For capital resulting from retained earnings and capital recoveries (from depreciation), it must be recognized that shareholders do not pay income tax on undistributed assets. Presumably, shareholders would be willing to accept a smaller return on this source of capital than on common stock.

Exhibit 23-1 illustrates the cost of capital calculations for Cyberlink Corporation using a traditional internally-focussed method. There are other ways to compute the WACC that you will learn in your finance classes. The interest rate on debt is expected to be 10 percent, and debt is 20 percent of the sources of capital funds. Cyberlink's income tax rate is expected to be 40 percent over the next number of years. Preferred stock contributes up to 10 percent of capital funds, and its effective rate is expected to be 12 percent. Common stock comprises 40 percent of capital funds at an estimated future cost of 18 percent. Retained earnings and recovered capital provide 30 percent of capital funds at an estimated future cost of 16 percent. Based on the computations in the exhibit, Cyberlink's expected weighted-average cost of capital is 14.4 percent. This means that it will cost Cyberlink an average of 15 percent (rounded up) of each dollar annually to finance capital projects.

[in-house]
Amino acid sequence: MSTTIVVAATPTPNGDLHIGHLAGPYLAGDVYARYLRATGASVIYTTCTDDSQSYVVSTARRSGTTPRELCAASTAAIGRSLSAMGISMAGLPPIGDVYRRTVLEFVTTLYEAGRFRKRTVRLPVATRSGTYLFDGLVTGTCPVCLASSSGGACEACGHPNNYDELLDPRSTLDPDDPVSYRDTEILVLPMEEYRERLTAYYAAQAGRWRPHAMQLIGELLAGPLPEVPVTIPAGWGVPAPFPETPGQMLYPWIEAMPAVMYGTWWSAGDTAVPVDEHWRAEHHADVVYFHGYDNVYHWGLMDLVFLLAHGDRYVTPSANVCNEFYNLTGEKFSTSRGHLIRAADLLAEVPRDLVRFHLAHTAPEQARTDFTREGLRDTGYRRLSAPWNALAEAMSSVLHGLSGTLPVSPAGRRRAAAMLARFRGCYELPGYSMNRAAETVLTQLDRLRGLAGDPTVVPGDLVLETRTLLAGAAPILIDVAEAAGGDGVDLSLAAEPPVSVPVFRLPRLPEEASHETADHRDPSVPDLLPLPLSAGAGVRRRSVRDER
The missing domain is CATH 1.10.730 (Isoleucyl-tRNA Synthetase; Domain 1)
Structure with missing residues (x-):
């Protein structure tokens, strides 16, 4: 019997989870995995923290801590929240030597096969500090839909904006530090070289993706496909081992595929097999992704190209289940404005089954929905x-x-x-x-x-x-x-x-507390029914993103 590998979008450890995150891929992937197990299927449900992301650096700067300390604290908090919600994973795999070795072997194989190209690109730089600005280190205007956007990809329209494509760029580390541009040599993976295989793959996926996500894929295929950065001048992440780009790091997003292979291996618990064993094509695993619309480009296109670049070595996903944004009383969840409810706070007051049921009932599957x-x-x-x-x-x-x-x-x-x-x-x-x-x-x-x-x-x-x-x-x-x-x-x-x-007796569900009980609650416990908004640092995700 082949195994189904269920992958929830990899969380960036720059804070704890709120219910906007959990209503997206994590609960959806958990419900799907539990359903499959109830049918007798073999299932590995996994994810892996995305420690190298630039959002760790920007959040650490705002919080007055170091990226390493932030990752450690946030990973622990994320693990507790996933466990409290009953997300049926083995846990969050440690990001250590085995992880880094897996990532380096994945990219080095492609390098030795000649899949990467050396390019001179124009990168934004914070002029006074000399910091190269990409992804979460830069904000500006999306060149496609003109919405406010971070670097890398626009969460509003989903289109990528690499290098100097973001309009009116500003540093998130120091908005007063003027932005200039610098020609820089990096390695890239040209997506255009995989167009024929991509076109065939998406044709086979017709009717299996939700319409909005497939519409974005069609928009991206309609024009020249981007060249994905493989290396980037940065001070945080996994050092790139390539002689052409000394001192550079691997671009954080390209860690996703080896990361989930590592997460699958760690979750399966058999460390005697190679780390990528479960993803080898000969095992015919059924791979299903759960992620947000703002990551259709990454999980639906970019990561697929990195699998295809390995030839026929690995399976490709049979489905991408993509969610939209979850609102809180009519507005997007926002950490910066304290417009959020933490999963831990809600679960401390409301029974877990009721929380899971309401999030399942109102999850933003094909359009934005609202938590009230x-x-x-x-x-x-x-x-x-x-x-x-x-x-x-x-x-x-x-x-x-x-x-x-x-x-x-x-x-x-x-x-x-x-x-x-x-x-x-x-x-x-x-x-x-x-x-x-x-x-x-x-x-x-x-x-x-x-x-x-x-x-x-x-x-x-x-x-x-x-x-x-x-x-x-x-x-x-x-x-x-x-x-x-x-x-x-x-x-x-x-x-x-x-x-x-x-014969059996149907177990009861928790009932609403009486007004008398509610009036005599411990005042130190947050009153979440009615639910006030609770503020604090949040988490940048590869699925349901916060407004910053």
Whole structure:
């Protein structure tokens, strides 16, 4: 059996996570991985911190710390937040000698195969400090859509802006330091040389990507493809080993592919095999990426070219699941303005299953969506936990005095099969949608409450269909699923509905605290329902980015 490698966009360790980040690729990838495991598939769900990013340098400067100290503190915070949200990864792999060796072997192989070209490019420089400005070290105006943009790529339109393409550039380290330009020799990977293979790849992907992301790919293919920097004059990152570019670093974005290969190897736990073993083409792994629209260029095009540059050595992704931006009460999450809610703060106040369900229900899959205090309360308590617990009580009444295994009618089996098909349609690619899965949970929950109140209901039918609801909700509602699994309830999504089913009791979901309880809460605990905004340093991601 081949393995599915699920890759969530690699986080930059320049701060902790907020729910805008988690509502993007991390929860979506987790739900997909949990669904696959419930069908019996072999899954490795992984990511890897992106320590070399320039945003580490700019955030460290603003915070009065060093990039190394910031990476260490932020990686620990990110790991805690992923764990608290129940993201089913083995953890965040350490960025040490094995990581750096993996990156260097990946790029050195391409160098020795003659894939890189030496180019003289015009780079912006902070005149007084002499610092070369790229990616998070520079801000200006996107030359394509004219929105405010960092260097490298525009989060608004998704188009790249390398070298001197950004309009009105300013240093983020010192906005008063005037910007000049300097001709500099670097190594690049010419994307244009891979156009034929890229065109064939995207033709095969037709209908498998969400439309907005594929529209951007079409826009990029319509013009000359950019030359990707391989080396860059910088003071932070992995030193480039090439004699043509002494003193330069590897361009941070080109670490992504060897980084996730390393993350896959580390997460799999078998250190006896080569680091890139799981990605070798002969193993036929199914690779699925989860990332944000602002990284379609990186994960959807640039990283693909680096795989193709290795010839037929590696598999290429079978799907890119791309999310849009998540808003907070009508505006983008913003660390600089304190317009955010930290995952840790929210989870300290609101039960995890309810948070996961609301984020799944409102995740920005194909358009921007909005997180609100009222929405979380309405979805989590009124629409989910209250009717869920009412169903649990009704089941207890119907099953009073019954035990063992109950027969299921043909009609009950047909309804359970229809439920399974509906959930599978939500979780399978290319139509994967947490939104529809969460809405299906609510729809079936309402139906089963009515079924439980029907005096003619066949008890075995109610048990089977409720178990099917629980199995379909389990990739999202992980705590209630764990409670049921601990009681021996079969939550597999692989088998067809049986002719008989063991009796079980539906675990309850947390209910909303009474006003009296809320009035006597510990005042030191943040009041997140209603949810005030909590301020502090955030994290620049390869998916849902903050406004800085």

A discount rate, also referred to as a hurdle rate, should, in most cases, equal or exceed the enterprise's cost of capital. In other words, the discount rate is the required rate of return.

Some managers set the discount rate higher than the cost of capital because they recognize that indirect costs sometimes increase as the enterprise expands. Also, some capital projects are riskier than others because their outcome is more difficult to estimate. Managers will need some type of counterbalance or cushion for accepting the riskier alternatives. This cushion frequently takes the form of a higher discount rate. For example, in the case of Cyberlink, the discount rate for a low-risk project may be set at 12 percent (less than the cost of capital); for a moderate-risk project, 15 percent; for an average-risk project, 16 percent; for a high-risk project, 20 percent; and for an unchartered, super high-risk project, 30 percent or more. Because of the compounding nature of discounted cash flow methods, this method of adjusting for risk implicitly assumes that risk increases over time.